• Difficult to maintain the consistency of content.
  • Words have multiple meanings, so some tags may be unintelligible.
  • Words are often misspelled; not controlled vocabularies.
  • Tag may have little or no meaning to other users; tags make page look crowded.
  • User tags by themselves cannot provide the best subject access to the materials in library collections. (p.182)[1]
  • Debatable if tagging is a passing trend or here to stay.

Tag clouds in the OPAC

There are a variety of ways that libraries can add tag clouds to their OPAC:

  • LibraryThing for Libraries is a catalog enhancement application that imports millions of user-created tags from LibraryThing directly into an OPAC, displaying tags as clouds beside traditional Library of Congress subject headings. See also LibraryThing.
  • Libraries can invest in a next-generation discovery layer that includes tag clouds; these interfaces sit atop the library's integrated library system, operating as the front-end of a library catalogue. Bibliocommons,Encore,AquaBrowser, and Primo are all discovery layers that offer tag clouds and tagging functionality.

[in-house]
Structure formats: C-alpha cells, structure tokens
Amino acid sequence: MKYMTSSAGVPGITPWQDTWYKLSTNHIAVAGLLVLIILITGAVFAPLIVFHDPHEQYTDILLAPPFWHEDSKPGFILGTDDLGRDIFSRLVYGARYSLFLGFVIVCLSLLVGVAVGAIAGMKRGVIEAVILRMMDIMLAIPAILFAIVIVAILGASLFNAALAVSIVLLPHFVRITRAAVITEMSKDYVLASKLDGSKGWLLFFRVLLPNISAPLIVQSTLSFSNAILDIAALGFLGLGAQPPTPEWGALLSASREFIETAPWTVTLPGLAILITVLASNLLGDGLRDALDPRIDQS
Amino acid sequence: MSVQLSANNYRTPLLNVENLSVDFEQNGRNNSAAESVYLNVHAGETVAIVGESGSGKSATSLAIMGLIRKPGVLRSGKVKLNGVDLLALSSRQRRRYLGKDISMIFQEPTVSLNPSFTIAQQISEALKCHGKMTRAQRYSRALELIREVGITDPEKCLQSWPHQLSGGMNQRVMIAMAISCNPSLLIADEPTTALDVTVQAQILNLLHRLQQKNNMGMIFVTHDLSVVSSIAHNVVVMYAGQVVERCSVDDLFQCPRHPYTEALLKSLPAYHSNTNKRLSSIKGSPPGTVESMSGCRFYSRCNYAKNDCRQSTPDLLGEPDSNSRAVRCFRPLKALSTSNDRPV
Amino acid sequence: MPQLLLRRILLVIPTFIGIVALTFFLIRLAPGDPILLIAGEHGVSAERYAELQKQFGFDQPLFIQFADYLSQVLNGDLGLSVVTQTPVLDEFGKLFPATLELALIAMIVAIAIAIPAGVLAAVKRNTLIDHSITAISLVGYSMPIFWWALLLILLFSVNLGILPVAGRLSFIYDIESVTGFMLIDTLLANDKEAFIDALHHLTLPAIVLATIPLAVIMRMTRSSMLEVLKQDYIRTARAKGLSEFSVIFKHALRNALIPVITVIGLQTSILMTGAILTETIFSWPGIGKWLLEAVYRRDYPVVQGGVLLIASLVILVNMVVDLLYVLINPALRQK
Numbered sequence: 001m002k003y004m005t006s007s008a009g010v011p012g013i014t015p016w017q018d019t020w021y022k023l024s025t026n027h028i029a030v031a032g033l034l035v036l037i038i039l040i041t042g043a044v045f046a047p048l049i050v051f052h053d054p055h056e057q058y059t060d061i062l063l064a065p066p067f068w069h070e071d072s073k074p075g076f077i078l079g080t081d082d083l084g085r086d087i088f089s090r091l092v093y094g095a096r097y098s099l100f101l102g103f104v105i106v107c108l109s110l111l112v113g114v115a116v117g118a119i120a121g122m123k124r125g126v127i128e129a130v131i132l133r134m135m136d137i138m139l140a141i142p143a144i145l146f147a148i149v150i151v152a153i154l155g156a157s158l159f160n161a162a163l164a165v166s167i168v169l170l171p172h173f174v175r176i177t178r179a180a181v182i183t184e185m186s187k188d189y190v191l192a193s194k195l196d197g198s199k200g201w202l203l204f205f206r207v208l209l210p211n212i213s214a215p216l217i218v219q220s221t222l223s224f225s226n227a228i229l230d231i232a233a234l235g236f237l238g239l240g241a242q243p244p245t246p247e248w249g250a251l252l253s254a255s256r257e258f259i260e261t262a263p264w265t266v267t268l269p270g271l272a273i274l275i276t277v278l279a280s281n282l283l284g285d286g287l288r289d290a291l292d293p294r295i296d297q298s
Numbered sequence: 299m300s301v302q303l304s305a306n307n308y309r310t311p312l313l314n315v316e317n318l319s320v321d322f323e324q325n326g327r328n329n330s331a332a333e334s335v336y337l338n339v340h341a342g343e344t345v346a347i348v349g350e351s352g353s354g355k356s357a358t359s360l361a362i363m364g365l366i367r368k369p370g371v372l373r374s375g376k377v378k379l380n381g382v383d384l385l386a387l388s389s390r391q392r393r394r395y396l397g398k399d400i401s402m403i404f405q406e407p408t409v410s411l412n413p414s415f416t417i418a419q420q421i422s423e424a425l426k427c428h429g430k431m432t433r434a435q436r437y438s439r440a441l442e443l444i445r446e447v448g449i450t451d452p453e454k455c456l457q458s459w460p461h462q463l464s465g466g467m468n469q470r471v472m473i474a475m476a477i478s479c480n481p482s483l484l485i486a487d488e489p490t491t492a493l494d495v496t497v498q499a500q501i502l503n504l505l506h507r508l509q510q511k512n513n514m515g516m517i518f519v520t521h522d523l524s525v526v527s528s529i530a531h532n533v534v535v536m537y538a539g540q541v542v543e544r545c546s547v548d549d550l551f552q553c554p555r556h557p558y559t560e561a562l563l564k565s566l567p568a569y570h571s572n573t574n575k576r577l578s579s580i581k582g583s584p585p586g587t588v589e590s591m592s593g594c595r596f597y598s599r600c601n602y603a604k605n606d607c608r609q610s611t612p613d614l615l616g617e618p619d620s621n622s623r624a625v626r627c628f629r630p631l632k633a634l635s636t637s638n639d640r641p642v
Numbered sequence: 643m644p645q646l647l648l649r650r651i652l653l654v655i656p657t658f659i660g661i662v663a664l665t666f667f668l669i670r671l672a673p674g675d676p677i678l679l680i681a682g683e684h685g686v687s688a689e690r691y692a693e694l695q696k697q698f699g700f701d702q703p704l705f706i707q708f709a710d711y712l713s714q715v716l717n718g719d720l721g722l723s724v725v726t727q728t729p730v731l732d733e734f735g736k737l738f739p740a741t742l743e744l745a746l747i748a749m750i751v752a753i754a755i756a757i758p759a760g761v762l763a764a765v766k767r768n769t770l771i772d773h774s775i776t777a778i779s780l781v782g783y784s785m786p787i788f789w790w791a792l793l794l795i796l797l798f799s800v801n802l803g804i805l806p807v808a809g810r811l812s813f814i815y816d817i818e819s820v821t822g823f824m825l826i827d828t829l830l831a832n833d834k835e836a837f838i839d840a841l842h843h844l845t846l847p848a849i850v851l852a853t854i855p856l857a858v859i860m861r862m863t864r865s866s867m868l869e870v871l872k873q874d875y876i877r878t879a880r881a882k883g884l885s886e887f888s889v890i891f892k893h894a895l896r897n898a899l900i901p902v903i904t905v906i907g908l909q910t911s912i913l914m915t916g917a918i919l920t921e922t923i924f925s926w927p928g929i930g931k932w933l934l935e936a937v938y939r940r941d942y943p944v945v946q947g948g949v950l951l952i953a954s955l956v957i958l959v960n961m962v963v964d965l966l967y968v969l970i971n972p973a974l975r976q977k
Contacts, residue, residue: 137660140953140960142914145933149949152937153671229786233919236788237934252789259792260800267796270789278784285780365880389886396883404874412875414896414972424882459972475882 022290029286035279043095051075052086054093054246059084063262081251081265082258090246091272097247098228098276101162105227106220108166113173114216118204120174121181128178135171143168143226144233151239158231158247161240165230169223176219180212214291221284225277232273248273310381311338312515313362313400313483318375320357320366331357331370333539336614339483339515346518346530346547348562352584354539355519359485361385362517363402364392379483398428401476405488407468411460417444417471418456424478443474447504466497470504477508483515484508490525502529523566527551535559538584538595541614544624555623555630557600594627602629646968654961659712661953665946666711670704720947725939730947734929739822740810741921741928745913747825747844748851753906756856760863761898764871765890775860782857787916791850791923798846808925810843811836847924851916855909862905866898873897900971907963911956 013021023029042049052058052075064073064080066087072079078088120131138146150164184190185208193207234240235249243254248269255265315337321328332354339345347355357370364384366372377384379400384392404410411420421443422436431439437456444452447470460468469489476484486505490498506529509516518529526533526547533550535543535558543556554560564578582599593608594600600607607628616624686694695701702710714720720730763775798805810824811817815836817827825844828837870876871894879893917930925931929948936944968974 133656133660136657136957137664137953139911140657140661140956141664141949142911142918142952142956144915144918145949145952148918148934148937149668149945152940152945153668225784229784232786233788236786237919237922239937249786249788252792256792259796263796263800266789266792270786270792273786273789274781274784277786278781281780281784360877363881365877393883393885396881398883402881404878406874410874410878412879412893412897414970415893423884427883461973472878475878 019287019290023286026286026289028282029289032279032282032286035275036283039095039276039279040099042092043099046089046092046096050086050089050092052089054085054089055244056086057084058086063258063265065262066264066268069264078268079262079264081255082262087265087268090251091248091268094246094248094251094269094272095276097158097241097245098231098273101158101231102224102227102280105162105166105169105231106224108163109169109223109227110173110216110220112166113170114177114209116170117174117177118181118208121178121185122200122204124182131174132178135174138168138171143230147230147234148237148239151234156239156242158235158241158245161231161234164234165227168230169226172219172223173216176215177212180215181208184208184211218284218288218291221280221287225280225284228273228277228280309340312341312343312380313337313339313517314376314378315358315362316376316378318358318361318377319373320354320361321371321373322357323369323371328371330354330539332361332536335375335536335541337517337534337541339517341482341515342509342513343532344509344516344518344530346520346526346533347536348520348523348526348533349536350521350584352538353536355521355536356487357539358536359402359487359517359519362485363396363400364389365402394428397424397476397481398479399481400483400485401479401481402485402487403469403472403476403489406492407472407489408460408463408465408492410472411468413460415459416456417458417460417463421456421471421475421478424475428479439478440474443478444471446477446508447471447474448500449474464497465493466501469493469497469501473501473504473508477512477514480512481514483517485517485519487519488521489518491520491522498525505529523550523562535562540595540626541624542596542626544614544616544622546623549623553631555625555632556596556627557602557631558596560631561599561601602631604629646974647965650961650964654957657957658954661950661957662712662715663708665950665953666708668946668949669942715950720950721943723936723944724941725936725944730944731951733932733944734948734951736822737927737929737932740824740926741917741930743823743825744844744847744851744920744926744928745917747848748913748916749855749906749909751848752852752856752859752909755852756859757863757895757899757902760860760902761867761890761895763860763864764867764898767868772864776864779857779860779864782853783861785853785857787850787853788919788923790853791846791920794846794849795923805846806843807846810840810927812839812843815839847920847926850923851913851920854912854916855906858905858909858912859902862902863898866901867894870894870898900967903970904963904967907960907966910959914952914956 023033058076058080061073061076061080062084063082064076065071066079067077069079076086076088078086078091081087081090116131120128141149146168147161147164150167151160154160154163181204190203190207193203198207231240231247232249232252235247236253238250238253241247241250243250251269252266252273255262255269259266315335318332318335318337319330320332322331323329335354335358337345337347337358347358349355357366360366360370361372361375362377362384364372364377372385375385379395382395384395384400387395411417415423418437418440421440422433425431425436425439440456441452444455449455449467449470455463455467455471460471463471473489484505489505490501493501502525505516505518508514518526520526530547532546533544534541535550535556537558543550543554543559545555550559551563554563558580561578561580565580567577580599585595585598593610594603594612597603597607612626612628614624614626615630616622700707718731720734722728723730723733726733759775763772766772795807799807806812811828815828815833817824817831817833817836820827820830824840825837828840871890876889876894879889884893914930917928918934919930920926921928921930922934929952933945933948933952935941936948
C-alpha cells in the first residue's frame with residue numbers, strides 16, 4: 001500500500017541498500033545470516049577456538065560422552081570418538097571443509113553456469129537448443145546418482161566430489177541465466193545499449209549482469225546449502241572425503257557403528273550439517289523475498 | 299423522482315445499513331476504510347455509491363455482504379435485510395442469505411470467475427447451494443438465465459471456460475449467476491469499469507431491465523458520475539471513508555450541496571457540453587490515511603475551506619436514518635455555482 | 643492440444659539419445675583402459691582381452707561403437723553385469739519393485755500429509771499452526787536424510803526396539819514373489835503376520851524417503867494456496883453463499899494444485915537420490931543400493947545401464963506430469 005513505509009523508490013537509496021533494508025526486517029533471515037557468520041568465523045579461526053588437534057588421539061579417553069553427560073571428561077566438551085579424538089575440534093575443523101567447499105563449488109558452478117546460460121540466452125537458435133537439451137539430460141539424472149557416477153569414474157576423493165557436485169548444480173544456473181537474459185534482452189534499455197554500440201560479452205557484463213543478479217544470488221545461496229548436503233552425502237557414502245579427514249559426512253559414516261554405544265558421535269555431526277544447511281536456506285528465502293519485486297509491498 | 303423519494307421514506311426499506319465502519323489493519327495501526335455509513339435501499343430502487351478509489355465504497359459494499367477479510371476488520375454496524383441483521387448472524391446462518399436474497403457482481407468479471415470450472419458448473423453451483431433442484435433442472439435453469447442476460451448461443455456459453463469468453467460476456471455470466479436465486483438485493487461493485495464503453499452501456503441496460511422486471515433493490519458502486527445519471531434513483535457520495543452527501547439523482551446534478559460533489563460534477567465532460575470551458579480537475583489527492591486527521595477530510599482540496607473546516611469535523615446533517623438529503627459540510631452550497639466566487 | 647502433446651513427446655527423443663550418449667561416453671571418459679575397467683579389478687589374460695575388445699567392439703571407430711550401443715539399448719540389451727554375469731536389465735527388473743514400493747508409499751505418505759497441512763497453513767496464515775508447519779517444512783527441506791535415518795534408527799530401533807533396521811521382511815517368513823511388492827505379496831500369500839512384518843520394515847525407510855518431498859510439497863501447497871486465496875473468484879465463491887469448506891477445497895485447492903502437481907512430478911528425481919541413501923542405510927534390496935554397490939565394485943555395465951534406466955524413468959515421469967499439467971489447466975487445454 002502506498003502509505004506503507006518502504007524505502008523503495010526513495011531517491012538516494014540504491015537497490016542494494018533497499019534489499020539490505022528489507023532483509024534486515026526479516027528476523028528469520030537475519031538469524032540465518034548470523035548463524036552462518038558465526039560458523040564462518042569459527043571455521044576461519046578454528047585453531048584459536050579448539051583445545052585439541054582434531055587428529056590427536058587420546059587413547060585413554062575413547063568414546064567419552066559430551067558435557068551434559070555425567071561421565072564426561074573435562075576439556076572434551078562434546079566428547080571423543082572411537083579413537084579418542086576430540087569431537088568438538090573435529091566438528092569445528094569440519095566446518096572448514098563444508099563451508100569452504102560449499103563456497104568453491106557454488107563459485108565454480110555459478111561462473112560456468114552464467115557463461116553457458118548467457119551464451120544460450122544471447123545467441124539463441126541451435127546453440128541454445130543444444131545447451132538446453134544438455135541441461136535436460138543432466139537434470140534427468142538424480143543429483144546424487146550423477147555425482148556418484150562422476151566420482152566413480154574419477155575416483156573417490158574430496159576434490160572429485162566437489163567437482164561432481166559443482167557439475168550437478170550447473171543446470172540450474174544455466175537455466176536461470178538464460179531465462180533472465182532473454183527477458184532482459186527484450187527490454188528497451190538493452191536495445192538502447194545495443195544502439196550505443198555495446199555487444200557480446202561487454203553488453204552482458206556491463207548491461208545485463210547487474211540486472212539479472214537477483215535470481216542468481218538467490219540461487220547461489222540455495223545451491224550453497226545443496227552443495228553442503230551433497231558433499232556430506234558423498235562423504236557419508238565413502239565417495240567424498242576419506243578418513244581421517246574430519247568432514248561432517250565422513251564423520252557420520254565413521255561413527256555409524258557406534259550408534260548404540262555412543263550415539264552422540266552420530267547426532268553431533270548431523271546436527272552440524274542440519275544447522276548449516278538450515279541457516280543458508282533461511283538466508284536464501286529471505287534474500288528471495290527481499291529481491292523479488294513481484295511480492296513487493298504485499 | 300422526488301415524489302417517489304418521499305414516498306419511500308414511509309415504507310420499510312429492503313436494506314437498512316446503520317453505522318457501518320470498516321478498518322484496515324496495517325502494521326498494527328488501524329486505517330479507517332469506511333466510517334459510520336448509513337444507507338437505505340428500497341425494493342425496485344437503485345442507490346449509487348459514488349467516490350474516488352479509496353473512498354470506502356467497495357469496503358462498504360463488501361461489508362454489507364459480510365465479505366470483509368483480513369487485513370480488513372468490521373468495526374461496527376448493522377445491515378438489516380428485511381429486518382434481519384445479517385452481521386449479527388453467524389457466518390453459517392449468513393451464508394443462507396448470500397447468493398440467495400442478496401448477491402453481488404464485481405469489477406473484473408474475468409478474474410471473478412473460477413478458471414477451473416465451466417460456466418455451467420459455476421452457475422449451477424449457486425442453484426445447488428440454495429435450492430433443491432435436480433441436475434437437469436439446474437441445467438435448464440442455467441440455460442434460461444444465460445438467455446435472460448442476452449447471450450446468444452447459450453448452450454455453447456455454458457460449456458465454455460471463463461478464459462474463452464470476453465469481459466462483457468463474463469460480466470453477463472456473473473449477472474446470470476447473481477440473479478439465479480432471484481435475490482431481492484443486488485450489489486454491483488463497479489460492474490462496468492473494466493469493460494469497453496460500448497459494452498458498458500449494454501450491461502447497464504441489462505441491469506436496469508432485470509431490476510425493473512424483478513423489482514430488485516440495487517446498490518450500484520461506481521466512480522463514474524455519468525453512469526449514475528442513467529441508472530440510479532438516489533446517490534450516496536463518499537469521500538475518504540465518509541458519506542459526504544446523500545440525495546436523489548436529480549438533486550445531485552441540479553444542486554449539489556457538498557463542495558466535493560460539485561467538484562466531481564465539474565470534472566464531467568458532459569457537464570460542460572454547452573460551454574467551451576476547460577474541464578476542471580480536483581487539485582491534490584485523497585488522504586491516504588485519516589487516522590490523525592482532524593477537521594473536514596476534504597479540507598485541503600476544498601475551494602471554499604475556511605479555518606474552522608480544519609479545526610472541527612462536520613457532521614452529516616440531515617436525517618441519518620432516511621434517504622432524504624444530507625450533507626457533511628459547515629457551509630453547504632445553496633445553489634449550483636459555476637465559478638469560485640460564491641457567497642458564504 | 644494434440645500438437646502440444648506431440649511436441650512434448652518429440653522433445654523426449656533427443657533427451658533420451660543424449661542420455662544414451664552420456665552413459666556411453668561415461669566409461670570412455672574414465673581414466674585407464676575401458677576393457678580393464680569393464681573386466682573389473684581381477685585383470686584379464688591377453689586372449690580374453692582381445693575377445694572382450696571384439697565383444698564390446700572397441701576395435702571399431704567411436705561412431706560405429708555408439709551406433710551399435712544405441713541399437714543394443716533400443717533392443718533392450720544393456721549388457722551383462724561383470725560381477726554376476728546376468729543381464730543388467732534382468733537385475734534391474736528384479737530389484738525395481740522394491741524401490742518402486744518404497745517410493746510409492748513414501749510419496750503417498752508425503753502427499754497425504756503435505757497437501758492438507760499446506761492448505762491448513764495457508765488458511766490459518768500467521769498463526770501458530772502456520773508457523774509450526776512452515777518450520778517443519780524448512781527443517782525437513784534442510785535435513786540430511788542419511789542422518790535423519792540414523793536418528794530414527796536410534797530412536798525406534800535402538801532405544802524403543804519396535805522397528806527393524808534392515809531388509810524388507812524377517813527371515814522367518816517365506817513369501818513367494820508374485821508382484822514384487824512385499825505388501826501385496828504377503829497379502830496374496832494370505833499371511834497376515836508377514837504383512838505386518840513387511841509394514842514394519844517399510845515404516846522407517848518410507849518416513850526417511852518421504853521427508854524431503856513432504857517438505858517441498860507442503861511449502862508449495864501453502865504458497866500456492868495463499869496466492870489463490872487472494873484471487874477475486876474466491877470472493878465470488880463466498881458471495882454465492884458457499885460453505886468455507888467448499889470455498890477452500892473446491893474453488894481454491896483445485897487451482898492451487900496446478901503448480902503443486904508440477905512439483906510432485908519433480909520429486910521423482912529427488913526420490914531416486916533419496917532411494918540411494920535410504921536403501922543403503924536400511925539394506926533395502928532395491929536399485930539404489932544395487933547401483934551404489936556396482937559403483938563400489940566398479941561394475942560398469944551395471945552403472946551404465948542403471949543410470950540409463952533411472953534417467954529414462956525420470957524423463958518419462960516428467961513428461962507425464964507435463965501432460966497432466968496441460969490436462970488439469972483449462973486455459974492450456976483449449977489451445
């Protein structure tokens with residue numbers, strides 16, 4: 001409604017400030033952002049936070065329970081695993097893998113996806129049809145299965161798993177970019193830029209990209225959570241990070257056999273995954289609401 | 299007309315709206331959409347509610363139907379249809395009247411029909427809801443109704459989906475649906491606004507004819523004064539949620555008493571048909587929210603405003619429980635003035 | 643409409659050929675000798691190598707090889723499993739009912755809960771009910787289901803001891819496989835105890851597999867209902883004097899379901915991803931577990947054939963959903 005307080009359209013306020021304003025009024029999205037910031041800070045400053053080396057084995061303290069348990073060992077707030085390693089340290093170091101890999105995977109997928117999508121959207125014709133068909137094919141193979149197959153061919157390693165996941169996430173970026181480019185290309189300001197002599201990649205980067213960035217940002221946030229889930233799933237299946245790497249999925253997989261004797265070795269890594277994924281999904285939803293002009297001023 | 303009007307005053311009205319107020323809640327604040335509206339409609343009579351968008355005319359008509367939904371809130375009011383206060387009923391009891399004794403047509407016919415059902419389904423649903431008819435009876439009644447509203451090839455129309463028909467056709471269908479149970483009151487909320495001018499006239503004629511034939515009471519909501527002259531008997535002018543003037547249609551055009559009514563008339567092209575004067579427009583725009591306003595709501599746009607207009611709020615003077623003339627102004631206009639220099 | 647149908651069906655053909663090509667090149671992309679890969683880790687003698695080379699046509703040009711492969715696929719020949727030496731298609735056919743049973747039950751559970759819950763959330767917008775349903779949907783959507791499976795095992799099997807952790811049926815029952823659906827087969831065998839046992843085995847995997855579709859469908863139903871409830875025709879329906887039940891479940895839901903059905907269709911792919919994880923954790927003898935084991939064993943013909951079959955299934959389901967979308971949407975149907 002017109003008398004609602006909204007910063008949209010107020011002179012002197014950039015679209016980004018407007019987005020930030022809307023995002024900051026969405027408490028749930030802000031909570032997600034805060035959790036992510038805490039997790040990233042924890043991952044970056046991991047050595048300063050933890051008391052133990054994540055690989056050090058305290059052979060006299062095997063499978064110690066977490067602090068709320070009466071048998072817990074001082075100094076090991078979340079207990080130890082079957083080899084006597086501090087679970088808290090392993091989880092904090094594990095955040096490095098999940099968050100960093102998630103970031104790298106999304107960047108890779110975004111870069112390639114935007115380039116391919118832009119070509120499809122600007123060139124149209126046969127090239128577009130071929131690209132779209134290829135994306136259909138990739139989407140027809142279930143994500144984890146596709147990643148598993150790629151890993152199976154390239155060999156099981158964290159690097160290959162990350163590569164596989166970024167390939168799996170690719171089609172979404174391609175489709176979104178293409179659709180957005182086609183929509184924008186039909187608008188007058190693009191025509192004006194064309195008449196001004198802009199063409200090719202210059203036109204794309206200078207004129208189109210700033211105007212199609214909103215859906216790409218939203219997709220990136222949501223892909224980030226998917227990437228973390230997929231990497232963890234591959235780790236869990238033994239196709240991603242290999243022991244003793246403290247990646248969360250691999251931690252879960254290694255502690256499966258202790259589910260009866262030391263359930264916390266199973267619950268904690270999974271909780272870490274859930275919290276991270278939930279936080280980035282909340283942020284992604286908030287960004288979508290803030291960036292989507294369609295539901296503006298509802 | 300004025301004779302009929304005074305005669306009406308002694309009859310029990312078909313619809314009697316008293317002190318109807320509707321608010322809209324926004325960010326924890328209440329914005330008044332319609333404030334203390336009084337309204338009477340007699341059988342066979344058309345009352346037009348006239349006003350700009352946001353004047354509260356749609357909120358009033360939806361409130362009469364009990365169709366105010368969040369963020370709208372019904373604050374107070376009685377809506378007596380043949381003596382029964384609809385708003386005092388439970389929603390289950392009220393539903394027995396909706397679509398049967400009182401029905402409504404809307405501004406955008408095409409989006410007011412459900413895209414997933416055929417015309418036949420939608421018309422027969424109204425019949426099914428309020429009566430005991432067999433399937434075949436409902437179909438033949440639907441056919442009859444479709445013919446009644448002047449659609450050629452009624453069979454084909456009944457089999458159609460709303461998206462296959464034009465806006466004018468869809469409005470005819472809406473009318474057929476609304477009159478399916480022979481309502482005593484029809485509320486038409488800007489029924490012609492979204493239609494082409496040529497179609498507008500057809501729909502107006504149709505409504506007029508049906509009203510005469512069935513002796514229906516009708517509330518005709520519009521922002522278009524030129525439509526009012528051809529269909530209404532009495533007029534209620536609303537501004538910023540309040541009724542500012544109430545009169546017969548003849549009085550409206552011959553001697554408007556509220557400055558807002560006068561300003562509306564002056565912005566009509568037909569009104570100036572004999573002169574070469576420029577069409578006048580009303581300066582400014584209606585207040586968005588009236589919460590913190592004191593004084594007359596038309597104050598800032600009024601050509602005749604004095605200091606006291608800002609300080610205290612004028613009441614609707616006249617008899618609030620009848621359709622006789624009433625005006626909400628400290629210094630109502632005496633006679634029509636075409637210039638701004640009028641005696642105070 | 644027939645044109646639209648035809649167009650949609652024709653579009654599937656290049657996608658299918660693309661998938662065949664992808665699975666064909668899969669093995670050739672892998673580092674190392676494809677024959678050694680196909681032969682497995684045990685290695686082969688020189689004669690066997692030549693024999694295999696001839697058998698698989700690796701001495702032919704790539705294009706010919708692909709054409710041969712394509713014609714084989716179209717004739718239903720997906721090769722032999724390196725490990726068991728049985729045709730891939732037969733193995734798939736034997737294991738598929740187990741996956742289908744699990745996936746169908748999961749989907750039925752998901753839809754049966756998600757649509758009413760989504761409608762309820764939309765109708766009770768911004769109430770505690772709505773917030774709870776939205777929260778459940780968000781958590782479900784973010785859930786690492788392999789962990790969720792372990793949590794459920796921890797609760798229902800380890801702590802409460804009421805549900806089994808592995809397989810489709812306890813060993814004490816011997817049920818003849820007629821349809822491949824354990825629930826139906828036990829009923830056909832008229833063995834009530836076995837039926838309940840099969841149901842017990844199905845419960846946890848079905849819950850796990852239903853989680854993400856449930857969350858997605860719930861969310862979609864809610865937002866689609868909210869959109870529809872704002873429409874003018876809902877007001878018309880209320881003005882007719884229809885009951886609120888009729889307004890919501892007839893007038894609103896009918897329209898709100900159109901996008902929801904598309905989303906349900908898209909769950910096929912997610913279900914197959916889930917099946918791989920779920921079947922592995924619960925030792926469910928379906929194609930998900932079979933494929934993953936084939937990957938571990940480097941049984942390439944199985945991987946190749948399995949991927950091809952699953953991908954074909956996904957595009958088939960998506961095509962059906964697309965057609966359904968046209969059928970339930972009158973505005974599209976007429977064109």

• Bibliocommons has created this short instructional video, showing how library staff can add tags to enhance user discovery.
  • Libraries can implement an open-source discovery layer to allow for tagging; one example is SOPAC (the social OPAC), a project that permits tagging, rating and reviewing.
  • Libraries can create their own discovery layer, including tag clouds, using free open-source software. This option requires a high degree of technical expertise, but gives libraries the ability to custom-create an interface that meets their needs.

Examples of OPACs using tag clouds


Natural language vocabulary applied as tags has its benefits: it is current, colloquial and captures changes quickly instead of waiting for amendments or additions to a controlled vocabulary. Tagging also allows users to understand terms as it reflects sociocultural background, or depth of subject knowledge. By adding tagging systems to OPACs, libraries create more potential access points, and users can see what libraries have to offer. Although a duplication of effort, libraries, in their role as information providers, aim to offer patrons as many tools and options as possible -- and, so it is with tagging in the OPAC.


  1. 1.0 1.1 1.2 Rolla P. User tags versus subject headings: can user-supplied data improve subject access to library collections? Libr Resour Tech Serv. 2009;53(3):174-184.
  2. 2.0 2.1 Thomas M. To tag or not to tag? Libr Hi Tech. 2009;27(3):411-434.
  3. Shiri A. An examination of social tagging interface features and functionalities: An analytical comparison. Online Info Rev. 2009;33(5):901-919. http://bit.ly/aniXjA
  4. Webb PL, Nero MD. OPACs in the clouds. Computers in Libraries. 2009;29(9):18-22.http://bit.ly/aQ8RX6
  5. West J. Folksonomies and tags. Library Media Connection. 2007;25(7):58-59.http://bit.ly/9s2Nsw
  6. Garza A. From OPAC to CMS: Drupal as an extensible library platform. Library Hi-Tech. 2009;27(2):252-267. http://bit.ly/9vzwrv